Dr Steven J. Taylor completed his PhD at the Centre for Medical Humanities, University of Leicester. Since then he has held teaching and research posts in the School of History at the University of Leicester and the Centre for Health Histories at the University of Huddersfield.
Steve is a historian of medicine, disability and childhood. He is interested in ideas and constructions of mental difference; the historical process of diagnosis; ability and disability considered through a lens of perfection/imperfection; institutional care across the nineteenth and twentieth centuries; and the psychological impact of forced migration on children. Steve has published widely in these areas and his first monograph Child Insanity in England, 1845-1907, was published with Palgrave Macmillan in 2017. In 2020 he published the edited volume Healthy Minds in the Twentieth Century: In and Beyond the Asylum and he is currently writing his second book that examines experiences of mental deficiency, childhood, and education in a special school at the beginning of the twentieth century.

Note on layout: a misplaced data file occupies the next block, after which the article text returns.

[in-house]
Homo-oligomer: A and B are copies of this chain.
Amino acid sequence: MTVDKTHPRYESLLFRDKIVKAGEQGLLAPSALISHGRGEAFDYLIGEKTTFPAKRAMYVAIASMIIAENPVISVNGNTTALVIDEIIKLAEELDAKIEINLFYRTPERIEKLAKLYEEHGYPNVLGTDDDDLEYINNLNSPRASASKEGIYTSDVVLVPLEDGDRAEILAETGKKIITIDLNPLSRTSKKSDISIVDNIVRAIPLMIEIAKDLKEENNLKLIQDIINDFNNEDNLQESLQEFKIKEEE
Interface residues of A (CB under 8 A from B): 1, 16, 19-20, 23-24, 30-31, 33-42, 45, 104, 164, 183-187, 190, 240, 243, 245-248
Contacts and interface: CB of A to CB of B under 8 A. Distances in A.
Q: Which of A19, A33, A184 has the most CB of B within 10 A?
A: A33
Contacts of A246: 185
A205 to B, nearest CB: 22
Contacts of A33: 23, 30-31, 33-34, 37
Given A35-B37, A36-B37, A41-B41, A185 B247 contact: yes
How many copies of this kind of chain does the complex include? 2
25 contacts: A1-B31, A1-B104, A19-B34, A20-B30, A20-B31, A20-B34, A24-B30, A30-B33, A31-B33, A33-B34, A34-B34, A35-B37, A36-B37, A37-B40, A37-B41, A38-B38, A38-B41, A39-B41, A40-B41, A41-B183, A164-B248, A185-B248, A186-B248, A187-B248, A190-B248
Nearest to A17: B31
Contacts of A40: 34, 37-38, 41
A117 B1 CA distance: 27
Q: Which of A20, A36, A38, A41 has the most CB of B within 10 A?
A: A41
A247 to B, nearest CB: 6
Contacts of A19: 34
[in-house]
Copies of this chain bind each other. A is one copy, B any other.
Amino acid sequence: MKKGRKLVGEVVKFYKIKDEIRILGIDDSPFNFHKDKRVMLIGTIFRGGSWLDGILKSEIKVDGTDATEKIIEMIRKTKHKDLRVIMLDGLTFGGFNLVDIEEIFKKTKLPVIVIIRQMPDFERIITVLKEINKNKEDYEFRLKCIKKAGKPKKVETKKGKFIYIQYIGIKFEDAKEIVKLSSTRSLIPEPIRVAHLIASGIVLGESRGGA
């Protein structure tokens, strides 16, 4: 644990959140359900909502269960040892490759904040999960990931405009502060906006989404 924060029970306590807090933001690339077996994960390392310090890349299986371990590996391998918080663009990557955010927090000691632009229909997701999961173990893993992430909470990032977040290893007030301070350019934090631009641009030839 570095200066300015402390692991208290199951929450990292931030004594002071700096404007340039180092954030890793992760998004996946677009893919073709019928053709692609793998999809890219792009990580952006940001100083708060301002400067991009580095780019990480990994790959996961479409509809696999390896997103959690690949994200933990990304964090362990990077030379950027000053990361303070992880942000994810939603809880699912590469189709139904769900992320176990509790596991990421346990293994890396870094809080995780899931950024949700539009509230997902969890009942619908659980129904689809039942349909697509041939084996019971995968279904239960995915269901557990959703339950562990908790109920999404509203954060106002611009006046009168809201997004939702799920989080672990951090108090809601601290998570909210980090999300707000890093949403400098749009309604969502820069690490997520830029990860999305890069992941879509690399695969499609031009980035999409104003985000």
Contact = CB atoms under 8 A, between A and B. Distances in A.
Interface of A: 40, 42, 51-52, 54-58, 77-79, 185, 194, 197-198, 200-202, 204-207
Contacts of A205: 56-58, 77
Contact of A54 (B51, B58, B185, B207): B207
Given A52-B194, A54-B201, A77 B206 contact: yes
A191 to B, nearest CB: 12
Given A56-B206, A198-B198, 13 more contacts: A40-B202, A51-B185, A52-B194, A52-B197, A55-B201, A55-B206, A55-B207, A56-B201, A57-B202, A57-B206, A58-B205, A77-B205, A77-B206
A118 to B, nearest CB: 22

Steve has held grants as Principal Investigator from a number of research bodies; these include awards from the Scouloudi Foundation, Wellcome Trust, The Sir Richard Stapley Foundation, and the Foundation for Canadian Studies. He has also developed public engagement projects with BrightSparks Arts in Mental Health Group, Leicestershire NHS Partnership Trust, and the Attenborough Arts Centre in Leicester.
Steve teaches on Introduction to the History of Medicine; Marvels, Monsters and Freaks, 1870-1920; Surgery, Science and Society since 1750; Head, Shoulders, Knees, and Toes: A History of the Modern Body, 1800-1950; and Deformed, Deranged and Deviant.